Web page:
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Are kids allowed in meetings?

Tradition 3 states that the requirement for A.A. membership is a desire to stop drinking. So are young children allowed to attend with parents?
There is no single answer to this question. As with so much in A.A., the answer comes from Tradition Four which begins:
With respect to its own affairs, each A.A. group should be responsible to no other authority than its own conscience.
Basically, the individual group decides at which meetings to allow children. An "open" meeting (open to the public) is perhaps more likely to welcome kids than a "closed" meeting (for AA members only). There isn't usually an easy way to know beforehand but few groups will turn away kids - unless they are disruptive to the point of interfering with the meeting.

Many (most?) groups do not have a set policy on children. The degree to which kids are welcomed can vary from meeting to meeting depending how the individuals in attendance feel about kids.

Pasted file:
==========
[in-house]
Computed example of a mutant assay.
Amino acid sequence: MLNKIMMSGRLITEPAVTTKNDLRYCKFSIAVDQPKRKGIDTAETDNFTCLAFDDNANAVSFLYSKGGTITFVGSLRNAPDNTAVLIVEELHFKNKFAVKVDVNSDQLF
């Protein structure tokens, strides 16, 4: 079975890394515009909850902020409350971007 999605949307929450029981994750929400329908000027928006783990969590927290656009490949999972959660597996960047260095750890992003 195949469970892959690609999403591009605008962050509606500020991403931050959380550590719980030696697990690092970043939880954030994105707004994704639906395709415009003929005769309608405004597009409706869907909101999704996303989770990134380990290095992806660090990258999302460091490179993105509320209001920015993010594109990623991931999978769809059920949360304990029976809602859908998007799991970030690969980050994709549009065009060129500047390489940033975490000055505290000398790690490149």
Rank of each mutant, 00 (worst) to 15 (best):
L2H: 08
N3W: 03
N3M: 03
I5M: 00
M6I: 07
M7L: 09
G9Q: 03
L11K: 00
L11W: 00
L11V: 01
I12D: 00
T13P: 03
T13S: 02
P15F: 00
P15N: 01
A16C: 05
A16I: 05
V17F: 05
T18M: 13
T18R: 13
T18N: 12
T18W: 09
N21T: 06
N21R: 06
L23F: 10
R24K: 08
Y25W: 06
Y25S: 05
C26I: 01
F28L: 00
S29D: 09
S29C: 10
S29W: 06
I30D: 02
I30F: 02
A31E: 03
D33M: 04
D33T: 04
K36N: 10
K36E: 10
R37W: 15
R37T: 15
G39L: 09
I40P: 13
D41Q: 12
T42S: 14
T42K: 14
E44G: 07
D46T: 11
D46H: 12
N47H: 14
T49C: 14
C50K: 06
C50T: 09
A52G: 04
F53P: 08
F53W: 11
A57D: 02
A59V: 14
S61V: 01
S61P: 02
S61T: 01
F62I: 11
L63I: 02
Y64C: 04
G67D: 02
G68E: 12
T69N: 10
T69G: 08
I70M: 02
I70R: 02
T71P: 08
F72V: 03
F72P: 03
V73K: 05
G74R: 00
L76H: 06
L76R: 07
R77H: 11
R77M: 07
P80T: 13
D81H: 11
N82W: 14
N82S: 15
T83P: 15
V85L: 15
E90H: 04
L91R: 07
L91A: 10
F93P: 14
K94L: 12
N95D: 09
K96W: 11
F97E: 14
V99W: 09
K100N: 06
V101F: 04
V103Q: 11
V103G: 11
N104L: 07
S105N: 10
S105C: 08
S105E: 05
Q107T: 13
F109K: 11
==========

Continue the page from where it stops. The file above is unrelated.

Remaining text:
Some practical experience submitted by a reader:
In early sobriety I found meetings where my son could play in the hall while I sat/stood in the doorway. Many other groups, like my current homegroup, have use of a nursery. Other groups really don't have the room, structure, or patience for accommodating children. Learn to respect these groups and seek out the more kid-friendly ones.

Arrive early and ask if the group has a no-kids policy (so you can look elsewhere if needed), try to keep kids relatively quiet (I had no idea how to do this when I came in and many folks helped me), and find meetings that are welcoming to children and have adequate space for your child to be a child while you are learning to stay sober.

Sitting the kid in a nearby corner with a favorite movie on a handheld media player and headphones is becoming a common and effective strategy.

Do you think this answer is accurate?